Build A Great Gaming PC With HotHardware's 2020 DIY System Guide

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Unbridled DIY Desktop PC Build Excess In The High-End, And Peripherals Suggestions Too

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This is it: the big one. We're going for the beefiest PC builds we can muster, but we're still not wasting money and choosing parts wisely. Everything here is designed to get the most horsepower for the dollar, but the budgets are pretty high. 

The Gaming PC Big One: $2600 to $4000

Slot Product Name Amazon Price
CPU Ryzen 9 5900X  549.99
Motherboard ASUS ROG STRIX X570-F Gaming 299.99
Liquid Cooling Cooler Master MasterLiquid ML240R 114.99
Memory
32 GB Corsair Vengeance RGB Pro DDR4-3600
154.99
Graphics Card ASUS TUF Gaming NVIDIA GeForce RTX 3080 759.99
Storage Gigabyte AORUS NVMe Gen4 M.2 1 TB SSD 199.99
Storage 2 Seagate Iron Wolf 8 TB 7200 RPM w/ 256MB cache 197.00
Case Phanteks Enthoo Pro 2 Tempered Glass 128.79
Power Supply Corsair RM850x 850W Power Supply 219.95
Total (Without tax or shipping) $2,586.68

You might have noticed we didn't just pick the biggest of everything and call it good. Instead, we've started with an almost tippy-top build and we'll push it into full-blown excess with the alternates. Nothing personifies that goal better than the Ryzen 9 5900X. AMD's second-fastest desktop CPU has 12 cores and 24 hardware threads with all that Zen 3 goodness that we found in our review of both it and its bigger sibling, the 5950X, with a top speed of 4.8 GHz. We also carried over our liquid cooler from the last set of alternates, the Cooler Master ML240R. It's still a great cooler and should have no problems with this CPU. 

The motherboard is from ASUS's ROG STRIX flagship lineup of motherboards. The ROG STRIX X570-F Gaming has all of the benefits of AMD's X570 chipset that we covered before, and pairs it with an outstanding power delivery system. There's a 12+4 stage power delivery system with plenty of cooling which should unlock all the potential, whether relying on AMD's Precision Boost Overdrive or manually tuning clock speeds. There's also 2.5 Gigabit Ethernet, 802.11ax Wi-Fi, and SupremeFX audio with DTS Sound Unbound certification. There's also dual M.2 slots and USB 3.2 Gen 2 external connectivity. In short, there's no shortage of capabilities on display.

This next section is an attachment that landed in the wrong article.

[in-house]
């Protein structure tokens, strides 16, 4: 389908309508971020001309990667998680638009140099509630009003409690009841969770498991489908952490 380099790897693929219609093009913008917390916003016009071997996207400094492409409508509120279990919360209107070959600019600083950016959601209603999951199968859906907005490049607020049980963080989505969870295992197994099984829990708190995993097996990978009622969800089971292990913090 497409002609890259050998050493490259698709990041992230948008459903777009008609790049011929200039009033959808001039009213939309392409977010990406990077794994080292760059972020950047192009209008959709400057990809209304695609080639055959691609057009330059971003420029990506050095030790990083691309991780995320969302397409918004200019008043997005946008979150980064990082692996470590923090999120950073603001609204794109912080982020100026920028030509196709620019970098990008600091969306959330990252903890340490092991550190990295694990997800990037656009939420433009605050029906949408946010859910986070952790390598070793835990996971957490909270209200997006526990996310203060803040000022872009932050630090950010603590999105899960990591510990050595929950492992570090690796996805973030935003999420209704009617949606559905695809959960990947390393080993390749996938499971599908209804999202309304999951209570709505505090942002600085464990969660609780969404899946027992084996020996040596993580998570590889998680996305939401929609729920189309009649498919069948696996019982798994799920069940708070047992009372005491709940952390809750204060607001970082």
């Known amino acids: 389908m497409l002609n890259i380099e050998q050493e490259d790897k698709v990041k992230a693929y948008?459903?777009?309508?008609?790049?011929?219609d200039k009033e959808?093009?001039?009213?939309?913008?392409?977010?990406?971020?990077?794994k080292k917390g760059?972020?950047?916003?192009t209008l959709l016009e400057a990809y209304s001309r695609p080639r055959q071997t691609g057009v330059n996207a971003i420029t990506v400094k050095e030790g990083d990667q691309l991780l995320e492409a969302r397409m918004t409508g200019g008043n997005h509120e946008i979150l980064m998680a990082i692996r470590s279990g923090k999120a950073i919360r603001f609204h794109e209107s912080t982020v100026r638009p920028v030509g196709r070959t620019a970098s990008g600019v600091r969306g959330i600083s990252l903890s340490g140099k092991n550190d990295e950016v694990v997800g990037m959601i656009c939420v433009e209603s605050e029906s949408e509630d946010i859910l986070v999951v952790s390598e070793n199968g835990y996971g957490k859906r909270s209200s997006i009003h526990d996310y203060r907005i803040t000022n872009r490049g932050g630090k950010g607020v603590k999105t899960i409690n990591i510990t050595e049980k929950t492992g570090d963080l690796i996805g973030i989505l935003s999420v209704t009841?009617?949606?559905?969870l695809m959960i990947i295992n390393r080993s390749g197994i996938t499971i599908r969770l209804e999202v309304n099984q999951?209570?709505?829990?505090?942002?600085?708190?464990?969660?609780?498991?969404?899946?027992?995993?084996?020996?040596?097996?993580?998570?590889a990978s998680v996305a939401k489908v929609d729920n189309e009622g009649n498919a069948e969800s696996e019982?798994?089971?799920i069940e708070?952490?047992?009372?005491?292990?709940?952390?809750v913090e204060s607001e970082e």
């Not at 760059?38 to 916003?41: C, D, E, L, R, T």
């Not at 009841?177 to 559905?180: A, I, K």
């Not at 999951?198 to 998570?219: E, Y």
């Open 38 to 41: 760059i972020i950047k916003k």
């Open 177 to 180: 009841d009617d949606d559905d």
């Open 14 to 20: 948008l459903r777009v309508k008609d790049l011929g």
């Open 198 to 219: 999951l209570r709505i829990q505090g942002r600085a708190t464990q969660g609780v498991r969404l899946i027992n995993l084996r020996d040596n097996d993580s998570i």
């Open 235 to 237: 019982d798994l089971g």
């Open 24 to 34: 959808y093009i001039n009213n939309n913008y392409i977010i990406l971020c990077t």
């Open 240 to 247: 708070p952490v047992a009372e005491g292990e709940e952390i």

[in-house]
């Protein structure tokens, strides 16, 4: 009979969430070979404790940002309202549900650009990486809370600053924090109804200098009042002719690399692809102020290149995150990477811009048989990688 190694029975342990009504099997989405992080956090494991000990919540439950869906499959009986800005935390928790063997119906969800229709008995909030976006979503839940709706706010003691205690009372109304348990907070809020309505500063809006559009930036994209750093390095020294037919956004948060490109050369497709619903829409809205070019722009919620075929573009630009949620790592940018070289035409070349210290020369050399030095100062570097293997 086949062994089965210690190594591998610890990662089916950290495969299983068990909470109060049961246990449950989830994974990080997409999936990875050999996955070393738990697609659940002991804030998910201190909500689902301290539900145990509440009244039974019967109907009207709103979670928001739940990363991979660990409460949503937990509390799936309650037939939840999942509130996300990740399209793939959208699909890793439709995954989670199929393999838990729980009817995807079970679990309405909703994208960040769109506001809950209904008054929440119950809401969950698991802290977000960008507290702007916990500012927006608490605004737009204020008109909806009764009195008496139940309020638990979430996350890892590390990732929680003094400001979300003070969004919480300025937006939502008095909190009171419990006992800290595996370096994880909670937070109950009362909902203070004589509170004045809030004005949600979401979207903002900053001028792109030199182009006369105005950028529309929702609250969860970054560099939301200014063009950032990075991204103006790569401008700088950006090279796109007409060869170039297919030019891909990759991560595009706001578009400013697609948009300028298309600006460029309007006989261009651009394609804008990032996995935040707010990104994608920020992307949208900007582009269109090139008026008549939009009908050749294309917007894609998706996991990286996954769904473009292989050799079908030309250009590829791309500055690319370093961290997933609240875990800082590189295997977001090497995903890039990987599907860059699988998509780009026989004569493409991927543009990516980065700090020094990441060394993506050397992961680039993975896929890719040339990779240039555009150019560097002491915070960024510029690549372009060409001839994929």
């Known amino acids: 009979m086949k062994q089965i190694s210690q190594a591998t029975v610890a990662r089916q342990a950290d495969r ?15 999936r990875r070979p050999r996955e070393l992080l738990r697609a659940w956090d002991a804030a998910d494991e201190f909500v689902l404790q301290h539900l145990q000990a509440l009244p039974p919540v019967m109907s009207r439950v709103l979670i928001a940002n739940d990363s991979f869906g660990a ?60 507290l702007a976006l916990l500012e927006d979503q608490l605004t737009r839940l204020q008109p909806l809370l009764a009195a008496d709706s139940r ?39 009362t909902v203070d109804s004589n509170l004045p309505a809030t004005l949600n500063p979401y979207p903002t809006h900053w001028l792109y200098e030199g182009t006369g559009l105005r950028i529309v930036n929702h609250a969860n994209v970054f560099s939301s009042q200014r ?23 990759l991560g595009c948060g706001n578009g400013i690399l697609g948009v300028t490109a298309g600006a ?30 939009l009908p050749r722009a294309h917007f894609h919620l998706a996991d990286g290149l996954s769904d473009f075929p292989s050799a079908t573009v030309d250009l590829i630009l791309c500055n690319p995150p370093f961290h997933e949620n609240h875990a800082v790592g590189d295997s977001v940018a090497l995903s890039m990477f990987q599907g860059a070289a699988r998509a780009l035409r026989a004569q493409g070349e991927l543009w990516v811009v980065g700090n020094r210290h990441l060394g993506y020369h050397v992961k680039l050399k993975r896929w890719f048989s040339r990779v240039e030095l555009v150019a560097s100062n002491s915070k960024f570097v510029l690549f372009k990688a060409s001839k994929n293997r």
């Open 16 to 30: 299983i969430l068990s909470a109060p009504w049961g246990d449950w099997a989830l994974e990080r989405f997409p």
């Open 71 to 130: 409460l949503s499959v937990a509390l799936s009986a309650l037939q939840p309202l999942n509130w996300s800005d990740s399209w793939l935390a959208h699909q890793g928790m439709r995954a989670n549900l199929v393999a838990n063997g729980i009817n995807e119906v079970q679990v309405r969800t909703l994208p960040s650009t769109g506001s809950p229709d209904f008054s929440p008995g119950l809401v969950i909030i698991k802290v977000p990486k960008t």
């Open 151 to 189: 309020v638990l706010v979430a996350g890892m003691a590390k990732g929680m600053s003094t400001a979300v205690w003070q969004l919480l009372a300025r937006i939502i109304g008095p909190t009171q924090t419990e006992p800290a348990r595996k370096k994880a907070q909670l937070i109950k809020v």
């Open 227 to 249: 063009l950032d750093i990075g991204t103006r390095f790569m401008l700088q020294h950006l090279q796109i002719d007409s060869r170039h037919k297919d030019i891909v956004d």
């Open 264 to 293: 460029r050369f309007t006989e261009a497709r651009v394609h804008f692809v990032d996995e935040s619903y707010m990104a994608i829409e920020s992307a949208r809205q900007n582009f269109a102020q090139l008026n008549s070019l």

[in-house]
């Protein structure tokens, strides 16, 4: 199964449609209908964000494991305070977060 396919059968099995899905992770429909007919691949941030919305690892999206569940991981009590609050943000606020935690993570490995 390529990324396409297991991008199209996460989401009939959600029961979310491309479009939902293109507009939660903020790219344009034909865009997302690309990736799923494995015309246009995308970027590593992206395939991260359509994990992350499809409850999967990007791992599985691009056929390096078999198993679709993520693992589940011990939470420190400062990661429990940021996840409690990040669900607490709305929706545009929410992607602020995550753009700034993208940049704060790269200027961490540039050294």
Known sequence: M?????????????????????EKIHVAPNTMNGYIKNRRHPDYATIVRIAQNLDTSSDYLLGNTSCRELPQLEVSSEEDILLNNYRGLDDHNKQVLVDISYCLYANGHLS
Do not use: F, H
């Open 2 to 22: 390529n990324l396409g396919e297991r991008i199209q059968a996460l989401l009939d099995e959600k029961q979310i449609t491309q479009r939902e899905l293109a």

asus ROG STRIX X570 F Gaming
For memory, we went with twice as much capacity as our previous builds in Corsair's Vengeance RGB Pro DDR4-3600 memory. This 2 x 16 GB kit found its way into one of our own testbeds, and it's been nothing short of fantastic. While games rarely need more than the 16 GB we specced our other systems with, the Ryzen 9 5900X is a mutli-tasking monster. It only makes sense to add more capacity rather than hamstring serious work the CPU is capable of doing. On the storage front, we brought back the AORUS NVMe Gen4 SSD and Seagate's Iron Wolf hard drive, which is still more than capable. 

When it comes to graphics cards, we could spend anywhere from $649 for the Radeon RX 6800 XT to $1,499 for the GeForce RTX 3090. Both of those are fine options, but we landed in the middle with the GeForce RTX 3080 10 GB. ASUS TUF Gaming NVIDIA GeForce RTX 3080 has three big fans to pull heat away from the GPU and keep the system cool. If you want to spend more (much more!) on a graphics card, hang tight.